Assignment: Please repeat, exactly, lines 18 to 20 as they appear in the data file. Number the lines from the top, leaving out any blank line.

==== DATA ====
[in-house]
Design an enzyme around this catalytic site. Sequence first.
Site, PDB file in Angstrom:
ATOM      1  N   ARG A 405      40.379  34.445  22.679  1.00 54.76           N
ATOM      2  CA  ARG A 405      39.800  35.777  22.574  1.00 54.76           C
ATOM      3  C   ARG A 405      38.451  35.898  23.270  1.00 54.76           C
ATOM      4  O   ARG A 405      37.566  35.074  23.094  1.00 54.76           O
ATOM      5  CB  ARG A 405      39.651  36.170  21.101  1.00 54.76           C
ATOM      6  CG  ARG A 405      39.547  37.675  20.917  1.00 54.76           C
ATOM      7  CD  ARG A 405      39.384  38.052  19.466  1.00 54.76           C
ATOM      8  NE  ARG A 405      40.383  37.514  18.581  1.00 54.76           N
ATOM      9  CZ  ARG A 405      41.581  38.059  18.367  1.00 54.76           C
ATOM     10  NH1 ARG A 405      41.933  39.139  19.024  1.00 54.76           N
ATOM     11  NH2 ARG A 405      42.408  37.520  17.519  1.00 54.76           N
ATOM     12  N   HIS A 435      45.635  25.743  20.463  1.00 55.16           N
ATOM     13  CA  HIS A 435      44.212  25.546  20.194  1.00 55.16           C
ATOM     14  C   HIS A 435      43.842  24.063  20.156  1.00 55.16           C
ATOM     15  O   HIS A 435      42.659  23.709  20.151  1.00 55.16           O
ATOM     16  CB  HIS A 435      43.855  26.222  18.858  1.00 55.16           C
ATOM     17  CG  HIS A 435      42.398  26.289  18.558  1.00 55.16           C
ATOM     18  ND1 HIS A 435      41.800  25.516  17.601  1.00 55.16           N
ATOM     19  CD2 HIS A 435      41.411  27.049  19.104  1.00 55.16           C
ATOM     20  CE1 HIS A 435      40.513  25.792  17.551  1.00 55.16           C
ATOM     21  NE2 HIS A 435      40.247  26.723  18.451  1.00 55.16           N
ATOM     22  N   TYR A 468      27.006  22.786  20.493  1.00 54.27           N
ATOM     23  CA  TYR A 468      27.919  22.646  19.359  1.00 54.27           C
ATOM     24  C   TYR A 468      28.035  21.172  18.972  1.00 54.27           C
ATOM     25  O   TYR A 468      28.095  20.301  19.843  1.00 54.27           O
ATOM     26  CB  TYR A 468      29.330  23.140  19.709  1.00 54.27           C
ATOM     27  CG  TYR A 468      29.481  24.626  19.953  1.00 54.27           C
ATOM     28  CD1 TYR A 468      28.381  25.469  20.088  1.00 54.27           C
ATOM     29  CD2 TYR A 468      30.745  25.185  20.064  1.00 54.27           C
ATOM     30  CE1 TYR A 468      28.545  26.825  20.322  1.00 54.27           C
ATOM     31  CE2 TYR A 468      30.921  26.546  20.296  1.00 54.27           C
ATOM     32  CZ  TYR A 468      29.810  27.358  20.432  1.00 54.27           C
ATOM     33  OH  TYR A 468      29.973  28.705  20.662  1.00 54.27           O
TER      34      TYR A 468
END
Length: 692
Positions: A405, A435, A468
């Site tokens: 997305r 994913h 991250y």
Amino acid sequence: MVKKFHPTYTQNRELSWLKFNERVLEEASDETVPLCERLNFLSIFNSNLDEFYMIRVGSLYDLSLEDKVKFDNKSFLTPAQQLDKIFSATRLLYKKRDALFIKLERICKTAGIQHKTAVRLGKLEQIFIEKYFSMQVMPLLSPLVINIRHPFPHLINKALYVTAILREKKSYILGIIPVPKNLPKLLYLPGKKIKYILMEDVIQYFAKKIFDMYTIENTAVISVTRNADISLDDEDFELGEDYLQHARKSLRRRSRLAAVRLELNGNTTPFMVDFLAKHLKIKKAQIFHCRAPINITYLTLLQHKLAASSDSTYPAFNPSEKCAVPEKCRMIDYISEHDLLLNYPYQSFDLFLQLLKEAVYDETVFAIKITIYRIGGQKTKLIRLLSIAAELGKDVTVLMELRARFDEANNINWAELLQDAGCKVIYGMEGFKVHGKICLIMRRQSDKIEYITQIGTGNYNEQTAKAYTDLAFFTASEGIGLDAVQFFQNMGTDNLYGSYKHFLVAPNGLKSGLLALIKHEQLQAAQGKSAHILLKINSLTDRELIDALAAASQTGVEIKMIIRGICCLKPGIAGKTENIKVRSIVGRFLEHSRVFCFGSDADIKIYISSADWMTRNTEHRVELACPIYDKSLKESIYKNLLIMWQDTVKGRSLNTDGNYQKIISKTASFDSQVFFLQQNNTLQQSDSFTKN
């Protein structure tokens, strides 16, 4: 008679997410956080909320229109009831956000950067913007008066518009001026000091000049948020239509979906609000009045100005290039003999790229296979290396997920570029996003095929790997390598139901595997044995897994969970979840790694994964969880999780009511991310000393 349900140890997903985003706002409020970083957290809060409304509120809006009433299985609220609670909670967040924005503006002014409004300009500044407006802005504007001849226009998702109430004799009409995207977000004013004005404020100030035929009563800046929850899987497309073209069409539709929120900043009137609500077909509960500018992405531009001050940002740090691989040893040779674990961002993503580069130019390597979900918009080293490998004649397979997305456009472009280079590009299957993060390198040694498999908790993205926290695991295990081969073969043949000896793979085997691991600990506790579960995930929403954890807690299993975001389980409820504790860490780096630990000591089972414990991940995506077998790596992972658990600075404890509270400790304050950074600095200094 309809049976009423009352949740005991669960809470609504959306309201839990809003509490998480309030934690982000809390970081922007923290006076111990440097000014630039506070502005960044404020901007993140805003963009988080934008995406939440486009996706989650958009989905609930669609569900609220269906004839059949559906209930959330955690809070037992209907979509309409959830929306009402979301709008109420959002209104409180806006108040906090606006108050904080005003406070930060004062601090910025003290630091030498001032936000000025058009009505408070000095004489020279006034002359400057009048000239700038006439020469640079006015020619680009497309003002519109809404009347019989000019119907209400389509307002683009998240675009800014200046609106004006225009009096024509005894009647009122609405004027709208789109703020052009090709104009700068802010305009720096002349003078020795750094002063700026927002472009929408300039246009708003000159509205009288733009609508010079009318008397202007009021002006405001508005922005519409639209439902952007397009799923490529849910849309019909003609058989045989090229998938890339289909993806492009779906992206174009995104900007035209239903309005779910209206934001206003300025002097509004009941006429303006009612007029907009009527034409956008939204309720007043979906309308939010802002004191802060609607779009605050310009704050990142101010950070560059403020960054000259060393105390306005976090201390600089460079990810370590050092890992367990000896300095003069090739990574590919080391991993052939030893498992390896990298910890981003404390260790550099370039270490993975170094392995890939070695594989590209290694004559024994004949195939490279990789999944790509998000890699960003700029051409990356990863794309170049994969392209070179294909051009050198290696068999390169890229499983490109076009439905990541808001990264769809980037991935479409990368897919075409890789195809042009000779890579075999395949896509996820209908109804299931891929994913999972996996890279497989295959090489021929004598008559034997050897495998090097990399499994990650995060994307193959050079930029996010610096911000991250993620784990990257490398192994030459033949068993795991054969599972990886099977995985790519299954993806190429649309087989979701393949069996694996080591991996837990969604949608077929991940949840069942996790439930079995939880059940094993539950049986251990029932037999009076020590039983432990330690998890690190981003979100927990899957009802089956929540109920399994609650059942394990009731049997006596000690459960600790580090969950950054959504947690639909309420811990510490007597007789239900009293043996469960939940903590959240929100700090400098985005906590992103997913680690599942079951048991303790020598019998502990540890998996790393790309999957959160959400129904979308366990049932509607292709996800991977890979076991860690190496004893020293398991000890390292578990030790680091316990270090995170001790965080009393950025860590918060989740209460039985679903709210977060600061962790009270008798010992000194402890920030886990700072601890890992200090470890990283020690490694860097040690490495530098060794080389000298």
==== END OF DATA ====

ATOM     15  O   HIS A 435      42.659  23.709  20.151  1.00 55.16           O
ATOM     16  CB  HIS A 435      43.855  26.222  18.858  1.00 55.16           C
ATOM     17  CG  HIS A 435      42.398  26.289  18.558  1.00 55.16           C